Vitamin D may benefit men with advanced cancer

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Fatigue, or severe tiredness and exhaustion, is a distressing condition for many patients with advanced cancer.

Unfortunately, good pharmacological treatment options are limited, and the ones available come with a risk of side effects and/or habituation.

In a new study, researchers found that correction of vitamin D deficiency reduced both pain and fatigue in patients with advanced and metastatic cancer.

The effects were moderate, but the treatment was surprisingly well-tolerated without any severe side effects.

The study showed that correction of vitamin D deficiency caused strongly reduced fatigue in men, but not in women.

Even after adjusting the results for factors, the effects of vitamin D treatment in men remained.

After only four or eight weeks of treatment, no strong effects of vitamin D were noticed, and the effect was evident first after 12 weeks of treatment.

The study is the first study to show that vitamin D treatment could have positive effects on cancer-related fatigue and that there are sex differences in the effects of vitamin D.

To summarize, this study shows that correction of vitamin D deficiency in cancer patients in palliative care seems to reduce fatigue in men, but not in women.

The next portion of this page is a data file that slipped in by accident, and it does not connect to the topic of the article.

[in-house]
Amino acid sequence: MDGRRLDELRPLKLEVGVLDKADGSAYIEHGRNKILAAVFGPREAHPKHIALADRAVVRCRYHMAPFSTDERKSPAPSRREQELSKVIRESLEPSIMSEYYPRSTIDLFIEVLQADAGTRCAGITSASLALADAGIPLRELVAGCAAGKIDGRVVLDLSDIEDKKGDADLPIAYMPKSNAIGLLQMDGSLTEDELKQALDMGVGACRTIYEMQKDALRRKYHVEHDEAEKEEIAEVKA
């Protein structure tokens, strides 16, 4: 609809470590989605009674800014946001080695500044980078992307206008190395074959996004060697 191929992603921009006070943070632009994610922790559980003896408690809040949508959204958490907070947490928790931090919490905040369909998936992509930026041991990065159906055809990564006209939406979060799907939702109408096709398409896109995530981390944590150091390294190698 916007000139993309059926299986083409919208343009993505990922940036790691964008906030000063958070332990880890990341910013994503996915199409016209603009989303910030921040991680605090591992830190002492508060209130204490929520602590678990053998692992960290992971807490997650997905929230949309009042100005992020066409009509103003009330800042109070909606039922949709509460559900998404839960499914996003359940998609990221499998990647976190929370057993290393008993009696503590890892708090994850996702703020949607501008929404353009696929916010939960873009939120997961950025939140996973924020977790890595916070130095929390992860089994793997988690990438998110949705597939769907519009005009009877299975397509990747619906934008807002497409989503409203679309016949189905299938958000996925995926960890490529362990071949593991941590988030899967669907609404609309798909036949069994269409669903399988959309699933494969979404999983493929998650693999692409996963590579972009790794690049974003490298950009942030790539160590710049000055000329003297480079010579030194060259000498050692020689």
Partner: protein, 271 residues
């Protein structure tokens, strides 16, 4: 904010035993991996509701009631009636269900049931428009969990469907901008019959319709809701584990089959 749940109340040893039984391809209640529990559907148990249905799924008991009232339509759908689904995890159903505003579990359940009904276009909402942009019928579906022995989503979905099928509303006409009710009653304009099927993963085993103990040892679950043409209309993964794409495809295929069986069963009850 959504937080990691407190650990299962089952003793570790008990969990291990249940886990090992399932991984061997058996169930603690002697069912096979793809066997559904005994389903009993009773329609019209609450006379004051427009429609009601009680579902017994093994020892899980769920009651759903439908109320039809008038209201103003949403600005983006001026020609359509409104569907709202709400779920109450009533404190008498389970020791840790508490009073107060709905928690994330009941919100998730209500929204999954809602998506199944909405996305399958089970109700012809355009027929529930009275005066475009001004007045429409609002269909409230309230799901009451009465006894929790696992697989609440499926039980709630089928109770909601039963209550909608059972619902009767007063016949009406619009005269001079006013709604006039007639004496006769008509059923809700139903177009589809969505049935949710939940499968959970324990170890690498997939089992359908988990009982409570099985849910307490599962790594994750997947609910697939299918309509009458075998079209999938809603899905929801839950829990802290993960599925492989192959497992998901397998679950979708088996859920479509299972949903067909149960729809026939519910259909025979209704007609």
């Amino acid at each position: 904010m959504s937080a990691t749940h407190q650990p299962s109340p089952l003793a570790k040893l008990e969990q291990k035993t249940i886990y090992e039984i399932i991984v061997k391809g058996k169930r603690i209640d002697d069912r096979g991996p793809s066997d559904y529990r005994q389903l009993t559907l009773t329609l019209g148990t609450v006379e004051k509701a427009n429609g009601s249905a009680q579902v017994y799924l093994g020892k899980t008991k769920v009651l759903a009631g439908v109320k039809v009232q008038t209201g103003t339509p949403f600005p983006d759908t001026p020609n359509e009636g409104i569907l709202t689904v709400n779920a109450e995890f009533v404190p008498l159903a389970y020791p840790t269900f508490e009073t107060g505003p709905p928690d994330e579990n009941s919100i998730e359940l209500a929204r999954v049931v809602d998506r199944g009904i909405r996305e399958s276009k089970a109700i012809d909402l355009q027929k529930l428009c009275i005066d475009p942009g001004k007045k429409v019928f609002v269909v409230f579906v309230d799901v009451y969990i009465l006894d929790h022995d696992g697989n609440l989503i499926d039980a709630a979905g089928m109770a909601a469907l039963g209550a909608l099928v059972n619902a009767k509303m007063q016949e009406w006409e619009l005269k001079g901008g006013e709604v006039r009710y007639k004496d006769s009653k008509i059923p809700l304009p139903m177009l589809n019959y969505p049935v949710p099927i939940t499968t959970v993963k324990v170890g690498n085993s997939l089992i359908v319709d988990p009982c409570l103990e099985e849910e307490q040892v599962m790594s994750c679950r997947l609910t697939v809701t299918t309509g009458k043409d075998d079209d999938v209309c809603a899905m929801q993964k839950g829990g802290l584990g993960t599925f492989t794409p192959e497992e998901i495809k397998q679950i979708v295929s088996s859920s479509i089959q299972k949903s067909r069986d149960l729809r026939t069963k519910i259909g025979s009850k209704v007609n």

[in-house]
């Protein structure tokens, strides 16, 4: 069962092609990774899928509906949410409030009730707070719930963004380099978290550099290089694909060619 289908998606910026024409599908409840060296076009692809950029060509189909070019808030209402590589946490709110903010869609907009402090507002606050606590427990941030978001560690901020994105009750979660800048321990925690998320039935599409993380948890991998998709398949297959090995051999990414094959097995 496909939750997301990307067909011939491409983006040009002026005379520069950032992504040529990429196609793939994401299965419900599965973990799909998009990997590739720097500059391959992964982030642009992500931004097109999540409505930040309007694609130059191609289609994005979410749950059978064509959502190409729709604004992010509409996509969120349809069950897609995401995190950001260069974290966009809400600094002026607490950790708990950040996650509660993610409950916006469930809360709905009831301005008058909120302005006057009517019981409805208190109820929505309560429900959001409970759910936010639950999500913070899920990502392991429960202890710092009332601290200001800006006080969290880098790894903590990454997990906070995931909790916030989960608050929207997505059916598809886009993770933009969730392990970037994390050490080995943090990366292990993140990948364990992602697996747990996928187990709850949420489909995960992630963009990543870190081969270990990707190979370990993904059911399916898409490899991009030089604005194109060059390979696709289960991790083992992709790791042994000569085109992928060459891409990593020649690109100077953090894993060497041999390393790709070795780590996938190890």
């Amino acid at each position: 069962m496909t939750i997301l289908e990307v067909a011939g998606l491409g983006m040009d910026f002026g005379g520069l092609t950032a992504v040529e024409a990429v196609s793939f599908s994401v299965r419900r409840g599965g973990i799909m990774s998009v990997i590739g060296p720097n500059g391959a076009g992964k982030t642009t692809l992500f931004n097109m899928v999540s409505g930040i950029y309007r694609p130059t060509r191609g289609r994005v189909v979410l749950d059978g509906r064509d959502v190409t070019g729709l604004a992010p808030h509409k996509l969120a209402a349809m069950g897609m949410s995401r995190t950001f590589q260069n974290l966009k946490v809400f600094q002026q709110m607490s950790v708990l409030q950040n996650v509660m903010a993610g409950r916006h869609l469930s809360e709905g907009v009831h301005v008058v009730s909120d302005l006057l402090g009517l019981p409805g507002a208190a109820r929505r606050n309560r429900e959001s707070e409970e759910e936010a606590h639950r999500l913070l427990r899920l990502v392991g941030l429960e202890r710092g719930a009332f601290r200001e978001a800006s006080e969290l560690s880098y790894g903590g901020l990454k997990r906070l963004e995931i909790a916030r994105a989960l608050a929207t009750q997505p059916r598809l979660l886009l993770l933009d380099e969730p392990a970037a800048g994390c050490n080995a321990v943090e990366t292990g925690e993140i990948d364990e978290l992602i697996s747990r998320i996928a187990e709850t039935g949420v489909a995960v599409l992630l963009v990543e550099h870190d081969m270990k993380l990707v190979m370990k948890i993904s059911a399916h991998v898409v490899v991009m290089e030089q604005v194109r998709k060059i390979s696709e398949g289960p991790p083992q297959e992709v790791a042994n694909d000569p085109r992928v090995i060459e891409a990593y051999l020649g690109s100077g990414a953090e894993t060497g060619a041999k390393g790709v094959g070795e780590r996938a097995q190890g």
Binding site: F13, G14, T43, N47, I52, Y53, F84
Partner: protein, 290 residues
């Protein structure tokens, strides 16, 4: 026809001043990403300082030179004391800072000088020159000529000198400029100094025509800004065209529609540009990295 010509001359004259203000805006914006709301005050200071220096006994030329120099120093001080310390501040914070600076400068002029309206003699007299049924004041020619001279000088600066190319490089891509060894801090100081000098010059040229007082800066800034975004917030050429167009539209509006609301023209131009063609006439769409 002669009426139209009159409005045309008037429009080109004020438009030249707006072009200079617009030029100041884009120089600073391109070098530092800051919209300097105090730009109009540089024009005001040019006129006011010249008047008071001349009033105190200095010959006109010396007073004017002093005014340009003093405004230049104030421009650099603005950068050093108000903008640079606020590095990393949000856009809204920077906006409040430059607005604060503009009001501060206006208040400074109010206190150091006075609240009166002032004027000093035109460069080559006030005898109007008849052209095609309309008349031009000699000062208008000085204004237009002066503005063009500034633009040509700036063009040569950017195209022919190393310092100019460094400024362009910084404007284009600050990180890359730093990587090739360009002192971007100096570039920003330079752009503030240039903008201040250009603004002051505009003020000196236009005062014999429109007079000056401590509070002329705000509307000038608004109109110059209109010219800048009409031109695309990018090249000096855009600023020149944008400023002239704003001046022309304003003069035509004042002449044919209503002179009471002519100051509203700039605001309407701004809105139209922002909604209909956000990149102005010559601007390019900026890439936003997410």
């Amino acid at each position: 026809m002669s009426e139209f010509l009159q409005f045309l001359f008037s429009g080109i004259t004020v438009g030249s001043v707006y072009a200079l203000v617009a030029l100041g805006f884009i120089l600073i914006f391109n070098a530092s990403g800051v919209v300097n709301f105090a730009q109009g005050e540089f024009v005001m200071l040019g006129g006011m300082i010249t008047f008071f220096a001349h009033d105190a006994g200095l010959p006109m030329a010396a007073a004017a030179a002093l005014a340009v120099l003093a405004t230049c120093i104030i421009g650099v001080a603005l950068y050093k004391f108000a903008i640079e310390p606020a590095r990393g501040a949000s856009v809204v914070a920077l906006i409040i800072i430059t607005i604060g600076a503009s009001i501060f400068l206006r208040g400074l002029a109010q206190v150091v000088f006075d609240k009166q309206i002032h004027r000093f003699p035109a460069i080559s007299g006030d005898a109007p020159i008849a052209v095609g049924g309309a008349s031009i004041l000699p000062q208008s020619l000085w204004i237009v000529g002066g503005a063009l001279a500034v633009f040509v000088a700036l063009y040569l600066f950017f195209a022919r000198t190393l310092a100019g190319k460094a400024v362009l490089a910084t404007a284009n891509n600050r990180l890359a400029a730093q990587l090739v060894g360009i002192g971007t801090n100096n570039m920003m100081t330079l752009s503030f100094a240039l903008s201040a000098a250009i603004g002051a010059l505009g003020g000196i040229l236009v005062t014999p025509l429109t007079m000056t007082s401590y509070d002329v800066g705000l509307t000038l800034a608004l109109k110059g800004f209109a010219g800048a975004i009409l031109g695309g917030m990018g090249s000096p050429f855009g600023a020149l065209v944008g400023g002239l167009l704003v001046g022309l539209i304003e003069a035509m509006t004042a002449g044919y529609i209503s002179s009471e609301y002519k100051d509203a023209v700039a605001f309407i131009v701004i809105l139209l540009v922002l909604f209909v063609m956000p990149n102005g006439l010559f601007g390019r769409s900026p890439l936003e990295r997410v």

Although the effects are moderate, vitamin D is a gentle treatment, and even a moderate effect may make an important difference in the combined symptom burden of a single patient.

However, in patients with an expected survival time of fewer than 12 weeks, treatment would probably not be relevant.

If you care about supplements, please read studies about a common vitamin that may protect against blinding eye disease, and findings of how vitamins, steroids and antiviral drugs can fight against COVID-19.

For more information about supplements, please see recent studies about vitamin D deficiency linked to higher COVID-19 risk, and results showing these 2 vitamins may reduce your risk for Parkinson’s disease.

The study is published in Cancers and was conducted by Caritha Klasson et al.

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